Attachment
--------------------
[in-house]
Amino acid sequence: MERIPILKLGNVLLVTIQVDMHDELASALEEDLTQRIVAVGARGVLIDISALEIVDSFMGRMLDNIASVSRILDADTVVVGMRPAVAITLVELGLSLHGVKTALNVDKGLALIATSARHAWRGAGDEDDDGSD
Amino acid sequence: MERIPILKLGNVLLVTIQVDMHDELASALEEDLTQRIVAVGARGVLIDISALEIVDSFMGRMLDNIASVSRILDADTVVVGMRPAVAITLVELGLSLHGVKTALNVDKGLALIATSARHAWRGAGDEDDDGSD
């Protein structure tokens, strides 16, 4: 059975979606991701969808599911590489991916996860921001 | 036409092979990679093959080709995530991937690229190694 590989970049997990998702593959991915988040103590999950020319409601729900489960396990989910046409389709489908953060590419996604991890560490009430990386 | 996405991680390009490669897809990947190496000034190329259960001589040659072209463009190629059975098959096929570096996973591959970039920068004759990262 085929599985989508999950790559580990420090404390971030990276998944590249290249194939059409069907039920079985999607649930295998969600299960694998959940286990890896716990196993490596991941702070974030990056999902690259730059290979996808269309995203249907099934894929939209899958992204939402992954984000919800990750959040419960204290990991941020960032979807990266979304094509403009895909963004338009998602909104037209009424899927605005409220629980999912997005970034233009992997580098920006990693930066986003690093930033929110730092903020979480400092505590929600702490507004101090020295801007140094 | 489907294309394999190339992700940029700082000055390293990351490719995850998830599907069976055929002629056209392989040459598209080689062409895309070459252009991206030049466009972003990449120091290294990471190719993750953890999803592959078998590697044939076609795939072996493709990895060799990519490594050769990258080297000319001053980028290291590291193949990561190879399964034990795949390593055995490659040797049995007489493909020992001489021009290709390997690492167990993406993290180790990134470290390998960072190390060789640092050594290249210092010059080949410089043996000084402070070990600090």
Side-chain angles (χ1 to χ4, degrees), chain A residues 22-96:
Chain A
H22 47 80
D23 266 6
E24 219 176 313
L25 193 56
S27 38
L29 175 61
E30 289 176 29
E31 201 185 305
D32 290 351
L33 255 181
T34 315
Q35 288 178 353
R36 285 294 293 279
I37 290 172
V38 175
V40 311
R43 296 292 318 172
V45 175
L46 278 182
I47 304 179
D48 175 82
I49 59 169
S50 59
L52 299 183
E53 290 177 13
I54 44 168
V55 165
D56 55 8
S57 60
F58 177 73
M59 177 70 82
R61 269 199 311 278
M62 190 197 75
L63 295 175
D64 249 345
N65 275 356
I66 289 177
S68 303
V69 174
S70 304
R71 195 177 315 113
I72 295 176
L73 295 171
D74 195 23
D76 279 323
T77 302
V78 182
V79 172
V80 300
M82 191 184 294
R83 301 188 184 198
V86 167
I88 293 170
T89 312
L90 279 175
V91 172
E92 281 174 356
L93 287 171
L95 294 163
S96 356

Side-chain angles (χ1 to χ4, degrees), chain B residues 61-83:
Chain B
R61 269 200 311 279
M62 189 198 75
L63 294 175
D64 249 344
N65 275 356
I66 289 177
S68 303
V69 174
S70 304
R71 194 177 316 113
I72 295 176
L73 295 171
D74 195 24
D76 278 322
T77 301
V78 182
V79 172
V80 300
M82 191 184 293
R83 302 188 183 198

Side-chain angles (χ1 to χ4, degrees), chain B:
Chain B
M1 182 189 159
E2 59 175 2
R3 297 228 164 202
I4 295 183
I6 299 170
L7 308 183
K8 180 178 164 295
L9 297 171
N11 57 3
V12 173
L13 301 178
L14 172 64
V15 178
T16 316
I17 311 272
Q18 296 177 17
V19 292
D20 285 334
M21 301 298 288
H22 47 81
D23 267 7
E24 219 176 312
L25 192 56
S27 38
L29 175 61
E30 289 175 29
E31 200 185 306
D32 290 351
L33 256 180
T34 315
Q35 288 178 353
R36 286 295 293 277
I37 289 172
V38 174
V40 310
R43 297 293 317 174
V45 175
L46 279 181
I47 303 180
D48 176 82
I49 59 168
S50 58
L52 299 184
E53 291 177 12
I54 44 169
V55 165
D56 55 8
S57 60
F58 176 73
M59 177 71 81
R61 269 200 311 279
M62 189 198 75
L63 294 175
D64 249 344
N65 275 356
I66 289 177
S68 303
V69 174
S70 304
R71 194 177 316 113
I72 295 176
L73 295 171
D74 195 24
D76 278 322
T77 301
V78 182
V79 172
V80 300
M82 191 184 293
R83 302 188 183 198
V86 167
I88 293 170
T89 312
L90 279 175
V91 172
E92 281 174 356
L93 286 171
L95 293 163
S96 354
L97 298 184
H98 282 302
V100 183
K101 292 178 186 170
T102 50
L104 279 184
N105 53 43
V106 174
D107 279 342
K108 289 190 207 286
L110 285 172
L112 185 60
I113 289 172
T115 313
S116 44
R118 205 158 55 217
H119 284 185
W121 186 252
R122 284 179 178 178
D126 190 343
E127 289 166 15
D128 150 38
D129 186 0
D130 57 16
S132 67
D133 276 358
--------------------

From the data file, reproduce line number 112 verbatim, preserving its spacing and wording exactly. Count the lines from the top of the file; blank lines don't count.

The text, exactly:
E24 219 176 312